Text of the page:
HAPPY PUBLICATION DAY. My new book F**k I THINK I’M DYING: How I Learned to Live with Panic, is now available to buy…. & as a sneaky teaser, I’m delighted to include an extract from the introduction.
Extract from the book
Allow me to be frank from the first sentence.
my name is Claire eastham and I have, to date, experienced 371 panic attacks over a seven-year period. An average of fifty-three per year. I live with panic. Panic is in my veins and we cohabit; we’re roommates, lovers, enemies and all the rest. There are times when I notice it more, poking me, taunting me, knocking me off course, and times when I barely register its existence at all.
I understand the psychology of a panic attack, the purpose of one, the symptoms (physical, mental and emotional), the drugs used to sedate them and the therapy devised to find the root causes. I know it all, truly. I’ve been writing about mental health for nearly a decade, translating medical jargon and making coping techniques more accessible. I have an award-winning blog, I’m an ambassador for a national charity, and my first book We’re All Mad Here sold out its entire first print run in just four days. This, along with personal experience and obsessive research, makes me an expert. self-made, I might add. I can’t follow up this claim with a medical qualification, but I’m an expert all the same.
There is no cure for panic attacks. No magic wand I can wave, or snake oil I could flog. This is not a self-help book. a self-help book implies that a cure lies hidden somewhere within the contents. I have no method to share or solution to sell. But don’t lose heart just yet, because what I do have to impart is experience, and I pledge that with a little work and understanding, panic attacks do not have to control you. They won’t stop you from working, socialising or living a fulfilling life. We can remove their power.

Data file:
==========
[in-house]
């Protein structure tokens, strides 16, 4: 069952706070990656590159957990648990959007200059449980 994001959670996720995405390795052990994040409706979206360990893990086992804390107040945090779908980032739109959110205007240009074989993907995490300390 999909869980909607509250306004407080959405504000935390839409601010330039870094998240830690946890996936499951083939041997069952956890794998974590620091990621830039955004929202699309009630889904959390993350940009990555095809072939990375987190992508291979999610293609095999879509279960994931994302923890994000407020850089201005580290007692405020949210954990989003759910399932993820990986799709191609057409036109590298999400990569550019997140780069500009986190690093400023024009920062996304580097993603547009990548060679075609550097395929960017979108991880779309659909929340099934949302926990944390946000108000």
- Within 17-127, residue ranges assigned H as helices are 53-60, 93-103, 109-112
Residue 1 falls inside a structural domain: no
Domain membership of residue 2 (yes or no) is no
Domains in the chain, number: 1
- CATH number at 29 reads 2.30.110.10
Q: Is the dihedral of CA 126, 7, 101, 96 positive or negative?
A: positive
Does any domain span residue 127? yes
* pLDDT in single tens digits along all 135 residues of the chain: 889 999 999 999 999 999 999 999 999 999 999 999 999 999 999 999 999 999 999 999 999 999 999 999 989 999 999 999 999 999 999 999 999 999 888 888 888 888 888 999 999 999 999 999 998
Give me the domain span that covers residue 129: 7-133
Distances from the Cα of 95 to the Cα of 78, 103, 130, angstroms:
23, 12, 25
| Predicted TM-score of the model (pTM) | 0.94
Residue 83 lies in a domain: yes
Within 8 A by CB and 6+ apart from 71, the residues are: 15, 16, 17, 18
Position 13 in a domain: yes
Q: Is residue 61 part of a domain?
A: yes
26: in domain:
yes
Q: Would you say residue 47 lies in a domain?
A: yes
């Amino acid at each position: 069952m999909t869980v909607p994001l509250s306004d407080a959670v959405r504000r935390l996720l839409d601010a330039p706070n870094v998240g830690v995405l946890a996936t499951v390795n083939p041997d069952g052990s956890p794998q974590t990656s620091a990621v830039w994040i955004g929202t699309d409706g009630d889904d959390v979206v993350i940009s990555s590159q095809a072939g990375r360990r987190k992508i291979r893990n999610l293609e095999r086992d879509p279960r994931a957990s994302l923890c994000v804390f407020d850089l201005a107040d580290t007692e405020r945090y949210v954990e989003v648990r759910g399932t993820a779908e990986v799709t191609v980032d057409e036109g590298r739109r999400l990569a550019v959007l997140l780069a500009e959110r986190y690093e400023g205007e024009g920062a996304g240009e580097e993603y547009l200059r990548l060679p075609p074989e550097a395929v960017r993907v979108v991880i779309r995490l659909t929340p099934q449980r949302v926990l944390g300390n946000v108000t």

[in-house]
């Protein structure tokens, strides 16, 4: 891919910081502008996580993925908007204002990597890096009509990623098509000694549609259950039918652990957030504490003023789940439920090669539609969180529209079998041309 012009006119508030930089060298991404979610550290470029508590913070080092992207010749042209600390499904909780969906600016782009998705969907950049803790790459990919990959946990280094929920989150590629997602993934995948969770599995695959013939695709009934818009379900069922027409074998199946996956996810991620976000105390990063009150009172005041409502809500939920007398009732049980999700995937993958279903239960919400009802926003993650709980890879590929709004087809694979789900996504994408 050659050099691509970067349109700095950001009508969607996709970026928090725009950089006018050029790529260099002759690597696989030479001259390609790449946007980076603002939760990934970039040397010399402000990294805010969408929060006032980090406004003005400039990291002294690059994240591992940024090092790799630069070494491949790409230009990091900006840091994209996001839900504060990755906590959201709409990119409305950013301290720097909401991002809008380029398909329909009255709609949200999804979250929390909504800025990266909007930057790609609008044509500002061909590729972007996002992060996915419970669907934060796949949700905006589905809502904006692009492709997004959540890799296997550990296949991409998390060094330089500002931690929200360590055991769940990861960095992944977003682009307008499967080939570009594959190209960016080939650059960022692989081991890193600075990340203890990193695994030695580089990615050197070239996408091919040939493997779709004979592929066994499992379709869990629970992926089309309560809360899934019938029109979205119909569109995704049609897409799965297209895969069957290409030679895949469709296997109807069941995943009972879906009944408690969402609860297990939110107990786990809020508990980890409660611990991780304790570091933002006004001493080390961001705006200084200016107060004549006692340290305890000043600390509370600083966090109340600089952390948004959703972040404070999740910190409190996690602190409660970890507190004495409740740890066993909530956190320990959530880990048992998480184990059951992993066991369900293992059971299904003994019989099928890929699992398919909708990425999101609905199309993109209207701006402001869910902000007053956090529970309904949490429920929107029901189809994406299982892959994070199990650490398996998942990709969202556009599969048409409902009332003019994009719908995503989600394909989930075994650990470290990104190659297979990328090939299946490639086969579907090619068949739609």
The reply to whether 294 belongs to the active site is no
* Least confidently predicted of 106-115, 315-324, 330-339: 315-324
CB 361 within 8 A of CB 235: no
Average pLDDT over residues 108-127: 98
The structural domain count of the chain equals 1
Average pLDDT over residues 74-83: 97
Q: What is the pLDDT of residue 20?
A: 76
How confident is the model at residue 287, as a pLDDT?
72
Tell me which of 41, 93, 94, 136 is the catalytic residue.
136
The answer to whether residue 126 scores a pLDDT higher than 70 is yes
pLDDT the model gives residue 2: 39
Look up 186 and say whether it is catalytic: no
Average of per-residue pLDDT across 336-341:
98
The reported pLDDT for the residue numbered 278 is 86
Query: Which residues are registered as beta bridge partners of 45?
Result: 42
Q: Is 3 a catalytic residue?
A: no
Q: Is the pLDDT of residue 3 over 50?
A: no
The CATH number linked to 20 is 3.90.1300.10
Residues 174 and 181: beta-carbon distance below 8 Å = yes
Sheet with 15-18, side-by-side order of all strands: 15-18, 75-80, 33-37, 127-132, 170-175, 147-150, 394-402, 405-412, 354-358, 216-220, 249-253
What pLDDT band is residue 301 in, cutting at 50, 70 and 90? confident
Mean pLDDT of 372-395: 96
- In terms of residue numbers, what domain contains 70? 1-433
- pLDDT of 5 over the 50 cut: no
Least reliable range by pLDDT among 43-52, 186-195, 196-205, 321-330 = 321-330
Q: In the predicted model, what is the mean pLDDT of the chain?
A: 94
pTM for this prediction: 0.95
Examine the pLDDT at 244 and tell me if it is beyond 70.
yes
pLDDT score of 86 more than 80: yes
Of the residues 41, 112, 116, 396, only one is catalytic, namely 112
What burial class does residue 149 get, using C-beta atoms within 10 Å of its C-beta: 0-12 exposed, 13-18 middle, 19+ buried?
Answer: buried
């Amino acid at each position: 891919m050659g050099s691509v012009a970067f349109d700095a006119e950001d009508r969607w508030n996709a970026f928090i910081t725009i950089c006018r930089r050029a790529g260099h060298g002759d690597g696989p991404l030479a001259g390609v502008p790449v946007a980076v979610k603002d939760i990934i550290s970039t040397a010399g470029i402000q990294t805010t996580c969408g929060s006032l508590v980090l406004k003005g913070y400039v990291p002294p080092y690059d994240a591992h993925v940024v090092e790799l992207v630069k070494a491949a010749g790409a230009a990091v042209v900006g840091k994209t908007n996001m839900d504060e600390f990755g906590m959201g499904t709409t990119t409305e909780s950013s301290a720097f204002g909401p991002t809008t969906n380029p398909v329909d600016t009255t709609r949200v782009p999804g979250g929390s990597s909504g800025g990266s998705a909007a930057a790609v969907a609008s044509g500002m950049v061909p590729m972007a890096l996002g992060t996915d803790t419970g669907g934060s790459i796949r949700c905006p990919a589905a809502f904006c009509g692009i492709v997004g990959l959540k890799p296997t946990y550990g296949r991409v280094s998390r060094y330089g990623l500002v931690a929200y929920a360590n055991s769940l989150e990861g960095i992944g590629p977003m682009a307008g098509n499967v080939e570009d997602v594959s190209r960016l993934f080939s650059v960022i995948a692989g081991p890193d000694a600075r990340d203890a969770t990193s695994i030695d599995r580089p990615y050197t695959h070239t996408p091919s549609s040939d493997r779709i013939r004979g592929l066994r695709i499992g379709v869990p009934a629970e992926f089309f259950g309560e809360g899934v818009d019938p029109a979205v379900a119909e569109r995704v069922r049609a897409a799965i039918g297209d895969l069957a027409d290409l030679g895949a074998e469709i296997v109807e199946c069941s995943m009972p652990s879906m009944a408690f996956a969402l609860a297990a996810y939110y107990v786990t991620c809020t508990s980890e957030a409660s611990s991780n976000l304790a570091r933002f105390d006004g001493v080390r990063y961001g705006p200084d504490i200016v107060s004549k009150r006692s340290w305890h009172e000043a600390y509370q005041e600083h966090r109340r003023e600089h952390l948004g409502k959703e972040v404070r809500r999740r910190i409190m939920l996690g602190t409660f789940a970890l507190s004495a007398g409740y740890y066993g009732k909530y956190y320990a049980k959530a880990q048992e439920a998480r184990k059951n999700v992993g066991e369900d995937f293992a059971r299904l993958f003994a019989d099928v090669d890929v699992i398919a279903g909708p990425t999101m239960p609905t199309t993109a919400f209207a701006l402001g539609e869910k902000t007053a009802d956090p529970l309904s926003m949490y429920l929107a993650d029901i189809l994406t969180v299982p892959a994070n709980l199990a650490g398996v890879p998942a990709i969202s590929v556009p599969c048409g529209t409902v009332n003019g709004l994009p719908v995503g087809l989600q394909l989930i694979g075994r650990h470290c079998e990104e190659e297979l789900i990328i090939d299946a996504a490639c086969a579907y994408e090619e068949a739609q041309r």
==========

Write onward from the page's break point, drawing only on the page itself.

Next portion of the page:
There might not be an officially recognised cure, but what we can do is learn how to communicate with panic. We can learn what triggers our attacks, how to stop the attacks from being triggered in error and how to deal with them when they are triggered. I learned how to communicate with panic the long and hard way,through a variety of experiences and complete fuck-ups. Not that I’d change anything. Fuck-ups are how I’ve learned the majority of life’s lessons. I’m not saying this as an affirmation, or even to be used as inspiration. It’s a fact: mistakes make for a superior teacher.
Before we start, I feel I should warn you that I am what some people may find to be a frustrating person. I’ve made the same mistakes repeatedly in my life, particularly when it comes to mental health, to the point of pure idiocy. my anger is short-lived but explosive, I’m emotional, chronically insecure, opinionated and a bit of a gobshite after a few drinks. I overthink things to the point of self-indulgence, care too much what people think, hurt too easily, and I swear a LOT. Positivity doesn’t come naturally to me, whereas, cynicism is part of my DNa. I make jokes when I’m uncomfortable and I struggle with affirmations such as: ‘It’s OK not to be OK,’ or ‘You’re not alone,’ because honestly, I don’t find them at all fucking useful when I’m the one rolling around on the bathroom floor.
Still, I’m also funny, generous, kind, ridiculous, perceptive, reasonably smart, loyal, honest and my bark is worse than any bite I could deliver. If you trust nothing else, then trust that I am a panic attack expert. Panic is something I live with, like IBs or eczema. It’s not ideal, but we make it work. even during the darkest periods, panic has NEVER controlled my life and I can help anyone who reads this to change their attitude towards panic attacks. That’s a promise.
Thank you so much to all of my loyal followers. You’ve seen me through so much over the years. I can only hope that I’ve helped/distracted/made you laugh in some way. xx